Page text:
Pakistan Lacks Capacity To Cope With Climate Disaster Of The Century, Sherry Says

Pakistan Lacks Capacity To Cope With Climate Disaster Of The Century, Sherry Says
Pakistan and the United Nations (UN) on Tuesday launched a flash flood appeal topping US$800 million.

Simultaneous events were organised in Islamabad and Geneva on this account. Speaking on the occasion, Climate Change Minister Sherry Rehman termed the recent floods as the "meta climate event of the century".

"The video shared ⁦at the flash appeal 2.0 is nothing like the the atlas of human suffering on ground. This is just a postcard from the edge of the precipice. 33 million is more than several countries put together. It is the meta climate event of the century," she said.

The climate change minister said resettling, feeding and sheltering those impacted was beyond the capacity, resources of any country. "To shelter, feed and resettle such large numbers is beyond the capacity, resources of any one country. We will need a new coalition of the willing to fight climate disasters. If it can be done for wars, it can be done to save lives."

All available resources were being devoted to relief activities she said but Pakistan was not in a position to buffer its people from the economic shock they had been hit with. "“We are moving every available resource to the flood relief effort, including climate resilience funds, and with debt payments looming, don’t have the resources to buffer our people from the exogenous economic shock they are hit with."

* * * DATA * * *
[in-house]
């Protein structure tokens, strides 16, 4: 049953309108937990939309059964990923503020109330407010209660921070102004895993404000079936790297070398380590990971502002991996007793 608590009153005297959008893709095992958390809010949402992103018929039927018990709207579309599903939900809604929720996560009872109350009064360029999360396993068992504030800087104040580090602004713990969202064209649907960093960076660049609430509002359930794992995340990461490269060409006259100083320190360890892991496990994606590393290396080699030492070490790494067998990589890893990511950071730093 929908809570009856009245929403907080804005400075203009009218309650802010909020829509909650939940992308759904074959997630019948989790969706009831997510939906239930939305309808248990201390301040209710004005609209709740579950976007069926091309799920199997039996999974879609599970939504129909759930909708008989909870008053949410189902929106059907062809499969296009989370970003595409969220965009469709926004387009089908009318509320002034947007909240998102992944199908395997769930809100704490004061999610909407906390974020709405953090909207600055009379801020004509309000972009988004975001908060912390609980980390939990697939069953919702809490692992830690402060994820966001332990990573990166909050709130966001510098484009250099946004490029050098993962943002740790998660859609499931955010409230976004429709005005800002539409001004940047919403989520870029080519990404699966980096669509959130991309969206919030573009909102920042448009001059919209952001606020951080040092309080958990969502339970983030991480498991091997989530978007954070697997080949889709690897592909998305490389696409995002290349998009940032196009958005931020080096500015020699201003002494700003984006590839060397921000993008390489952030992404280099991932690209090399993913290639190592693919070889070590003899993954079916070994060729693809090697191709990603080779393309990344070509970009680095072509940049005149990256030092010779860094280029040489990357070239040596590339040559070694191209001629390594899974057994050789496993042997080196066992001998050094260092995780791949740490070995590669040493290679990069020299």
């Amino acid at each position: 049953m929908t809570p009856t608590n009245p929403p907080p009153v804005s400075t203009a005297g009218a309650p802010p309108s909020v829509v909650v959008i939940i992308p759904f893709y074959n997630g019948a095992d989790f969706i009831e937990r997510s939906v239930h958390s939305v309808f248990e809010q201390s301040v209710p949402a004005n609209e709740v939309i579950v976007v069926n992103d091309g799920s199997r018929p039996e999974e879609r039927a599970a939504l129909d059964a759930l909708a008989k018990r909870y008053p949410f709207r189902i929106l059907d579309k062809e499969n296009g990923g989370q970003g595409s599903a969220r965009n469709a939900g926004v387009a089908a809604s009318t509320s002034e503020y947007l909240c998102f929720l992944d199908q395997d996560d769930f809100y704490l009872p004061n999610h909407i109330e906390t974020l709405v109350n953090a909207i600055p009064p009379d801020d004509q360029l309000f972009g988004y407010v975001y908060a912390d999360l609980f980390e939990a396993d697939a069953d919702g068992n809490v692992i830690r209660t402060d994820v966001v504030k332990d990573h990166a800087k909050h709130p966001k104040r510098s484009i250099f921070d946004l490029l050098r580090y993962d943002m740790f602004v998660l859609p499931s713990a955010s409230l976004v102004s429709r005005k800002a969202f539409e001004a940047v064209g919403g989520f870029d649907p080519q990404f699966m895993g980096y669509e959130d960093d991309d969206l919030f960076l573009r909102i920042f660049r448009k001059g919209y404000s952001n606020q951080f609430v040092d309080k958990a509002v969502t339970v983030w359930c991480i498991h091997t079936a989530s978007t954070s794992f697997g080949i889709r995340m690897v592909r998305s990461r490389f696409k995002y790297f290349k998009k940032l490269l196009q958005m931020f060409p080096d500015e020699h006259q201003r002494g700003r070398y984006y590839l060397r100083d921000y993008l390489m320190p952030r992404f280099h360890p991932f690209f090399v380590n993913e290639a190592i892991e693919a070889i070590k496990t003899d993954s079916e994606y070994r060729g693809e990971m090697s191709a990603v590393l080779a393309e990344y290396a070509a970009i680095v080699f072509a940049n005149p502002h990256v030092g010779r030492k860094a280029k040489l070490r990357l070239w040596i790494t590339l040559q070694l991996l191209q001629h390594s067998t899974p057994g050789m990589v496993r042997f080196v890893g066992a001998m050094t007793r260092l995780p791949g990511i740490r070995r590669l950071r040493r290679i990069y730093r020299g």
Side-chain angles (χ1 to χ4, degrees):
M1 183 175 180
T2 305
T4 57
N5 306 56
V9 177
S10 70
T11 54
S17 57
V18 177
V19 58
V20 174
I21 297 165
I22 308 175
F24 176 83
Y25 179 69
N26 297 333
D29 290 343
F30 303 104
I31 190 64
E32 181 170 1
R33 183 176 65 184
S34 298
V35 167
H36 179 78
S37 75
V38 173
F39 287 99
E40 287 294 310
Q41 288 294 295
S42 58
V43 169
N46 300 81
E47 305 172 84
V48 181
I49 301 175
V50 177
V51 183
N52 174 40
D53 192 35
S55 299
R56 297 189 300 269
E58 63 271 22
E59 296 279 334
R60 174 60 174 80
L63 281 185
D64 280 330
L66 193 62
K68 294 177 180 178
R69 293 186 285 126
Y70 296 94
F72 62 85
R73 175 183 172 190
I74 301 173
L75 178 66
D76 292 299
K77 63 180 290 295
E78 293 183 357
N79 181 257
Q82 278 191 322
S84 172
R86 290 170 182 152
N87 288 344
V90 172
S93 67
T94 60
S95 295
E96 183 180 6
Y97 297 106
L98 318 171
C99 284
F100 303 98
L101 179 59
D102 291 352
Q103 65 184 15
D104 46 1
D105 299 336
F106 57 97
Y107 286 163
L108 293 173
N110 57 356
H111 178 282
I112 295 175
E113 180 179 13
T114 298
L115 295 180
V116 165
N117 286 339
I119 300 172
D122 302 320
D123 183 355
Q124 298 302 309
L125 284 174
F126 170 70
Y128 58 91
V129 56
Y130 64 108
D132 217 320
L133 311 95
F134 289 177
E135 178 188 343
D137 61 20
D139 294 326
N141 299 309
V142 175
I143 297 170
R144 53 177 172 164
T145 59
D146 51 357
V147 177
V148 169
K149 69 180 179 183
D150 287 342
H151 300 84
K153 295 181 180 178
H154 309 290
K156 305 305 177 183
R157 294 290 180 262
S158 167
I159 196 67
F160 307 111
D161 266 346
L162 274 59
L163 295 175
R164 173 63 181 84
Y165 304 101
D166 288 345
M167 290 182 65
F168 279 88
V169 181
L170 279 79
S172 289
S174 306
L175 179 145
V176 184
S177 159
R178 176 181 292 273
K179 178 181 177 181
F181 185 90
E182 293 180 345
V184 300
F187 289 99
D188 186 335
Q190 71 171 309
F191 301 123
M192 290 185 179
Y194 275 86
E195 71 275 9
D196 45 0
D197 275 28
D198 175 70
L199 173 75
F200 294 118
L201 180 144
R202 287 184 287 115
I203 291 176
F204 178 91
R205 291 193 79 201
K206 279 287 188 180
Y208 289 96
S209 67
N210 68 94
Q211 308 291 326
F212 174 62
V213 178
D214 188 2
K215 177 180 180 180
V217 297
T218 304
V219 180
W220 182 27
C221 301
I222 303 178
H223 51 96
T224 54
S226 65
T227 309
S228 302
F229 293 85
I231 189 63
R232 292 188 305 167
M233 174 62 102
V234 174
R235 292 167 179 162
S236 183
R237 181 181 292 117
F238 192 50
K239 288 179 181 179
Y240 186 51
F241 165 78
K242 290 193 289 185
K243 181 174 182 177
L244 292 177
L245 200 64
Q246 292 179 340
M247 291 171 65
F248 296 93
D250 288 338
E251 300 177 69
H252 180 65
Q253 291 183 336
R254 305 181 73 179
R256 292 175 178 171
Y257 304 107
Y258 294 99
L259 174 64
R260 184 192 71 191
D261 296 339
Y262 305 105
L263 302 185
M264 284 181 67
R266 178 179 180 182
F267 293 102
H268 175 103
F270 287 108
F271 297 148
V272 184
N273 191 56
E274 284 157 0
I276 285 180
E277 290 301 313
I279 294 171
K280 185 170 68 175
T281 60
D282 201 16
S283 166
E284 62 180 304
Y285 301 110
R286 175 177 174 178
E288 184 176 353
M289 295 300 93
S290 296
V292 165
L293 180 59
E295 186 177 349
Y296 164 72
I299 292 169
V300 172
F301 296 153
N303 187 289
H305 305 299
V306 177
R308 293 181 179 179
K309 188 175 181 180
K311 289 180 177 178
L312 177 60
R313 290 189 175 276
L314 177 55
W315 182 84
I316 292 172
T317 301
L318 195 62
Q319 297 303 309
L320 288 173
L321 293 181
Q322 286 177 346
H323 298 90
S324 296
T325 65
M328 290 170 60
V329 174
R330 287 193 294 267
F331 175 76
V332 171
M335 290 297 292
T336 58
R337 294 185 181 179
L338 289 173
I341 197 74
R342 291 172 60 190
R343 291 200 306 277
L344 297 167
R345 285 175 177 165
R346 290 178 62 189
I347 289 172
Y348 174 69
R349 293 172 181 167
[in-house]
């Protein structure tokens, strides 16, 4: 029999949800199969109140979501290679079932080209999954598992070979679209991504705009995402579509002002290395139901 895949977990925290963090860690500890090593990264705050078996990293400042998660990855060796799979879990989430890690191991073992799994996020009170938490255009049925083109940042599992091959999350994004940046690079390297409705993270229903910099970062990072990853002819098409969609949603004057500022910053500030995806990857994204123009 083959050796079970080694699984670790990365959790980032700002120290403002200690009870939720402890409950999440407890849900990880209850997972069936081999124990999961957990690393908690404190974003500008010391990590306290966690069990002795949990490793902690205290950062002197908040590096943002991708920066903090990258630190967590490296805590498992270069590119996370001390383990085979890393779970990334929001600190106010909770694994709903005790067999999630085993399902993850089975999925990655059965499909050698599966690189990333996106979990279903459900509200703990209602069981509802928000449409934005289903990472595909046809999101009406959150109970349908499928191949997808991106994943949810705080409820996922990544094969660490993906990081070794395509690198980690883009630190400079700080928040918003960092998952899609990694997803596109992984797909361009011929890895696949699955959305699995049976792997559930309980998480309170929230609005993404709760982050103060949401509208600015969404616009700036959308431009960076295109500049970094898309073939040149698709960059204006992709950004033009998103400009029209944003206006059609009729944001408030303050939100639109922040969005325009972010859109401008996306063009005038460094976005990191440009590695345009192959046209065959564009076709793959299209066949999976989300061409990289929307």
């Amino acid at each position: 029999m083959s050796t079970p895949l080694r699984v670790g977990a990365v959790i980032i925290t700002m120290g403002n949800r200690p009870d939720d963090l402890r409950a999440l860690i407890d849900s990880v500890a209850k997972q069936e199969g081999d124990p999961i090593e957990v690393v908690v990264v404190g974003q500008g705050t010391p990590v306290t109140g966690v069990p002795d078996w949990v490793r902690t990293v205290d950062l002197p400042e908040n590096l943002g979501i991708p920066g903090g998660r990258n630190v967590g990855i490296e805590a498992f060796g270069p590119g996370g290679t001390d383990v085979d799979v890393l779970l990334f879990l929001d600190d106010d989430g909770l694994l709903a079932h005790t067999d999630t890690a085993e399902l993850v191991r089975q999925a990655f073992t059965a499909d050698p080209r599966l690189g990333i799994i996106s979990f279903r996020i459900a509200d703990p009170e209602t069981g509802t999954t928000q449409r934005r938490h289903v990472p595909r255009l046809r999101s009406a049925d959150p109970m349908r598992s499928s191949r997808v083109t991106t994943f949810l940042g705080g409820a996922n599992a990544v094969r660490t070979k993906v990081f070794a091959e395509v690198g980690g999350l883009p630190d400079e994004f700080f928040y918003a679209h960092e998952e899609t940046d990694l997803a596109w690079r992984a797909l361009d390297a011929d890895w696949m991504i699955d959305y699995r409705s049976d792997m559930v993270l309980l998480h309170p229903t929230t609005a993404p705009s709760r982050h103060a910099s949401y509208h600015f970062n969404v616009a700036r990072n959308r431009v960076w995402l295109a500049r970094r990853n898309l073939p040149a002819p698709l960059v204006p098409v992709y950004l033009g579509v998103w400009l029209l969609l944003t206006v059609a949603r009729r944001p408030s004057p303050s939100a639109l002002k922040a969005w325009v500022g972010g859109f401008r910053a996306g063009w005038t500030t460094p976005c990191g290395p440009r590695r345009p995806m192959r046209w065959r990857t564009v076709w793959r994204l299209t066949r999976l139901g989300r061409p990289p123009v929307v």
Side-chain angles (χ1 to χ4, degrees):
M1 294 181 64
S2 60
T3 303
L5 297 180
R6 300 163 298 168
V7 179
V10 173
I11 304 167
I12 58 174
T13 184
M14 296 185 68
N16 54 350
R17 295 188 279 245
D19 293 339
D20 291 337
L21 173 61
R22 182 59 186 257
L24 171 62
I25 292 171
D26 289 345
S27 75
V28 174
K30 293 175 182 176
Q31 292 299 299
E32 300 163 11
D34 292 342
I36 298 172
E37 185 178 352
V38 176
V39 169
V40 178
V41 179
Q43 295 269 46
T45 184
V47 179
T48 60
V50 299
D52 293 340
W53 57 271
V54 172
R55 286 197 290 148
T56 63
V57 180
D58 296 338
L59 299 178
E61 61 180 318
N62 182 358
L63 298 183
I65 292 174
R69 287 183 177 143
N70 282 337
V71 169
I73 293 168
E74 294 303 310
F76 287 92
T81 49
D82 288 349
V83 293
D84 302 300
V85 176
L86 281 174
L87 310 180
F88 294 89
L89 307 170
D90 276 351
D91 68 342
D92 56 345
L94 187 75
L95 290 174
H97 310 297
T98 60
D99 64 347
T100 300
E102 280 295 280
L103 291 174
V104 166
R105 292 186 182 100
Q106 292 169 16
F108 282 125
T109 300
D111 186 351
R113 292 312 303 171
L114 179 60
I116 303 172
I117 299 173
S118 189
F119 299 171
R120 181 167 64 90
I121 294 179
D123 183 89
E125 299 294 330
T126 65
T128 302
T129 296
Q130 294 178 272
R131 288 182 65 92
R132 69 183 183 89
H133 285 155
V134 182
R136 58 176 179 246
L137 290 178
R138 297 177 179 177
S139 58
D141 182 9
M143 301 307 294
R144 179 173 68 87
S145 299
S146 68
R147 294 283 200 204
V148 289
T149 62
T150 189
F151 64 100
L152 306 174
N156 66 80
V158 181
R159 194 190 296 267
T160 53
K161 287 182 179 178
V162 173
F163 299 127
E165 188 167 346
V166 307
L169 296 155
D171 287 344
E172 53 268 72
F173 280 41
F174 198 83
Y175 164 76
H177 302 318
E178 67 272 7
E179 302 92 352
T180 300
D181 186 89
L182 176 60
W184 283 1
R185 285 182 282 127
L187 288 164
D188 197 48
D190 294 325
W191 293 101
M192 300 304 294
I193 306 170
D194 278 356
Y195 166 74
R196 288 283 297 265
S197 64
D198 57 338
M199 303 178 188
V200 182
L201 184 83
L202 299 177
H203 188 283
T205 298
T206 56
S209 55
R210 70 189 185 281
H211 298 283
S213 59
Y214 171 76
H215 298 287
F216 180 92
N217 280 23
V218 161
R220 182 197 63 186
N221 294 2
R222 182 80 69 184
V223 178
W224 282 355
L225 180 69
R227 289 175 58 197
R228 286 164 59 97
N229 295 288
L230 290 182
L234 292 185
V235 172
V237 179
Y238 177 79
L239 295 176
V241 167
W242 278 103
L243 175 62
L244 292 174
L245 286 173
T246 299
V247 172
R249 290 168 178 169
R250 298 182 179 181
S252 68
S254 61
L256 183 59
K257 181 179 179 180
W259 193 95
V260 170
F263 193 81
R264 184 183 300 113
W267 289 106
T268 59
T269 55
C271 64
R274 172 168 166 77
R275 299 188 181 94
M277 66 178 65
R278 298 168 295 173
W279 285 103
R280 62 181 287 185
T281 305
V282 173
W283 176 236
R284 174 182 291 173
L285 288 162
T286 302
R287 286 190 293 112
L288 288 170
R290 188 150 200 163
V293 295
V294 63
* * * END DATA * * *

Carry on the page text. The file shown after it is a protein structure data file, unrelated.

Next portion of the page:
Economic Affairs Minister Sardar Ayaz Sadiq said rehabilitation work, when it starts will take years. He emphasised the need for the world to rise and take cognisance of climate change.

United Nations Humanitarian Affairs and Emergency Relief Coordinator Under Secretary General Martin Griffiths said the people of Pakistan were bearing the brunt for global inaction on climate change. He said over two million families needed to be sheltered and provided basic necessities.

World Health Organisation (WHO) Director General Tedros Adhanom said the floods had left ten percent of the nation's health facilities damaged. He also brought attention to constrained medicine and medicinal supply stocks.

United Nations Secretary General Antonio Guterres appealed for “massive” assistance as he visited the calamity-hit Pakistan on a “solidarity visit” where damage from recent flooding has been pegged at a staggering US$30 billion earlier in September.

Casualties from the climate catastrophe have exceeded 1,400, according to Reuters. The United Nations had announced Guterres’ visit to flood-ravaged Pakistan to see “areas most impacted by this unprecedented climate catastrophe” in August end.  The UN top boss visited the country on what the international organisation billed as a “solidarity visit”.  UN Spokesman Stephane Dujarric said Guterres was expected to arrive in Islamabad on September 9 and return to New York on September 11.

Guterres had earlier urged the international community to help Pakistan battle “epochal levels of rain and flooding”. In a video posted on his Twitter account, the UN chief launched a $160 million appeal to help the millions “shattered” by the devastating floods.

Superfloods had left the nation deluged, Climate Change Minister Sherry Rehman had said earlier in August. All of south Pakistan had been inundated, she had said. The minister emphasised the need for a singular national focus in a tweet separately. This, according to the one-time journalist, was premised on resourcing, coordinating and providing relief to the millions affected.